My Reminiscences of events, old and new, and travels, far and near
Sunday, October 20, 2013
A book sale in Atlanta
Every year the American Association of University Women (AAUW) has a book sale in one of the malls in Atlanta. Since 1960 they have raised $1 million and distributed it as scholarships and programs for girls and women. We have been going to their book sale for years - and have the books to show for it ... The 54th Annual AAUW BookFair started this year on the evening of September 23, 2013, with a $10 admission for Opening Night. Then the BookFair was free from Tuesday morning September 24th through Sunday 29th. We went on the morning of the 24th.
I took my little Lumix camera but frankly I became so involved looking at books that I did not take many pictures. As advertised they offer 75,000 used books - some look brand new. They display them in 50 categories, such as Southern Authors, Popular Fiction, Art, Photography, Military, Mysteries, Science Fiction, Reference, Cookbooks, Foreign Language, Children's Books, Philosophy, Religion, Nature, Romance, Biography, Politics, History, Poetry and much more. This year it was held again at Perimeter Mall - north of Atlanta. In previous years it was held at Lenox Mall, in the Buckhead area of Atlanta. Perimeter Mall is remodeling so the BookFair did not have as much room as in previous years and was located in the lower level of the mall only.
We arrived around 10:15 am and left, after having a late lunch, around 3:30 pm. I tried not to choose too many books since I already have so many at home, may of them still unread. I usually go directly to the Foreign Language section as they have some French books, but not many, most of them are dictionaries or language books to learn French. I did find some books though.
The books used to cost only 25 cents, 50 cents and one dollar, but now they are more expensive. They have little dots to indicate prices - red is 50 cents, blue $1, green $2, yellow $3 and orange $4. Some of the "coffee table" books are more expensive and some that are autographed. I usually buy the 50 cents and dollar books. After going to Foreign Language I find the Travel Section - and I found some interesting ones this year again. I also like to look at Mysteries to see if I can find some Agatha Christie books that are not in my collection - I was lucky this year (I'll show my books below.)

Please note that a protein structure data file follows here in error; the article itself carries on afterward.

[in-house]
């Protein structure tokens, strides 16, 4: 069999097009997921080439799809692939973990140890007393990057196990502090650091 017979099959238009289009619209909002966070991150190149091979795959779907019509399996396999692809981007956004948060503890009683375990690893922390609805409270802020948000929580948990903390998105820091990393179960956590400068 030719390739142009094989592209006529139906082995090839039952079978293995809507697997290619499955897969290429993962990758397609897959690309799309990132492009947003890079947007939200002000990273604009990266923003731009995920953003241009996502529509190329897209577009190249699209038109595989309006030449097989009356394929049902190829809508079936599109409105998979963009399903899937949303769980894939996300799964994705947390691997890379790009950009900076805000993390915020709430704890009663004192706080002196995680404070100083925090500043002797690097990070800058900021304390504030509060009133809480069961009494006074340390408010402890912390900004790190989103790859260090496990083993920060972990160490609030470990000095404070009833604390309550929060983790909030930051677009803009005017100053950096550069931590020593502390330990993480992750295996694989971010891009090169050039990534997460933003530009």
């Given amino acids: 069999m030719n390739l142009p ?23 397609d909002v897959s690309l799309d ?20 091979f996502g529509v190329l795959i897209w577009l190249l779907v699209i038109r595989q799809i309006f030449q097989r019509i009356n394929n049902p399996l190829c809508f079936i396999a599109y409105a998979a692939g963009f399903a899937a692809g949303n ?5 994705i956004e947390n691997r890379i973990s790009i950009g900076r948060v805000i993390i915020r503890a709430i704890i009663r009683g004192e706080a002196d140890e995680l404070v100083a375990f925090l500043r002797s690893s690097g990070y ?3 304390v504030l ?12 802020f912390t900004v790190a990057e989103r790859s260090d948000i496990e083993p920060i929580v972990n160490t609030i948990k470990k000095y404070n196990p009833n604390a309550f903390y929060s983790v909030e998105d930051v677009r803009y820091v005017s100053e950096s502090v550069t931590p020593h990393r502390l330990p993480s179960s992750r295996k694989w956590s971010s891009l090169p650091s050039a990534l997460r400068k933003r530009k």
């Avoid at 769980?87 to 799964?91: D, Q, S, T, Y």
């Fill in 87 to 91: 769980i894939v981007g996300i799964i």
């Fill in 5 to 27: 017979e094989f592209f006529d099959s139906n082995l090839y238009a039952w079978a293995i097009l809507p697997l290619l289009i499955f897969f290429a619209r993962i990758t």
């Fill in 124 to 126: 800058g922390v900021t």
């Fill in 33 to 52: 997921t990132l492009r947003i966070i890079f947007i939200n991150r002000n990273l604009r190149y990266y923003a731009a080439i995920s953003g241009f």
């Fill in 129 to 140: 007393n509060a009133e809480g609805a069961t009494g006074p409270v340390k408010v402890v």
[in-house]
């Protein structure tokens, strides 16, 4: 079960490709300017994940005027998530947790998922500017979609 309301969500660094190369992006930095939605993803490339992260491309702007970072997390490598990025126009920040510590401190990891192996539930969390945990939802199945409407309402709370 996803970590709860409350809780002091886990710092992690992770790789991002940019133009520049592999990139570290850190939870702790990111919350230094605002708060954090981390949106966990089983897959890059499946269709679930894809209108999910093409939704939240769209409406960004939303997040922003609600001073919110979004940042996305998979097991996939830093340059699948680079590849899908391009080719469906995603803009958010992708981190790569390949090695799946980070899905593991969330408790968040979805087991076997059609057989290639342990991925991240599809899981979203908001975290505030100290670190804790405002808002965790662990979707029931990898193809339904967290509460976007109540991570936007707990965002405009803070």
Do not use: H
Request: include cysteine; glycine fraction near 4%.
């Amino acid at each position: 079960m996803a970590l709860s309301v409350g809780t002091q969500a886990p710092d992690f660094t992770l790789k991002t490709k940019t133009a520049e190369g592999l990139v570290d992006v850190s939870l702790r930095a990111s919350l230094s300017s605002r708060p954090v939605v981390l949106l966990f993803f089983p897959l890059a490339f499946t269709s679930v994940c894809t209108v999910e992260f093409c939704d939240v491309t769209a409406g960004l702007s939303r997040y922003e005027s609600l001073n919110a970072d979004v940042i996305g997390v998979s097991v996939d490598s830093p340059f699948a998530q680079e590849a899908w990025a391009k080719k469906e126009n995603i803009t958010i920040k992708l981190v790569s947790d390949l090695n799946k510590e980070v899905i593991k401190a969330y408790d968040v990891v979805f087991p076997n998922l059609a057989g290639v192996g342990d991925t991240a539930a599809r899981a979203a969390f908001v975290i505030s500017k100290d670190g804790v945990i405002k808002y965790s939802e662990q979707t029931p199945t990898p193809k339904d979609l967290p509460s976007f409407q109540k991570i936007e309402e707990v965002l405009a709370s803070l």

Then this year I went to the History section and then on to the Cookbook section. I have so many cookbooks already that I really should not get any more - but who knows, there may be an exceptional one ... I took a quick look in the bins. I could not get to the last bin because a lady had stopped there for quite some time - she was reading recipes in one book. I tried to take an oblique look at the bin in front of her. She became agitated and told me that I was not to look over her shoulder. She said I should just wait until she was finished, whenever that was. So I went away to take some pictures and just now realized that she is in the picture - she is the lady with a bun on top of her white hair at the end of the row. I did get a small cookbook for 50 cents, and I'll tell you why below.
My husband was looking at the autographed books, and did get one (for $2) but I did not get any this time.
Then I went to the African American section and did find a book I was looking for. I also found something in the Literature Section.
There were some lovely volumes on the Coffee Table book section. A picture book on San Francisco was tempting - but I resisted!
I walked around all the sections, in case I had missed anything of interest.
By 2:00 pm I went to look for my husband who was in the "Animal" section. He did get a really lovely new book by Jane Goodall "Hope for Animals and their World" for $1. It was time to go so we would not be enticed to look deeper in the sections and find more books. He had found 14 books and I ... well, I did not count them.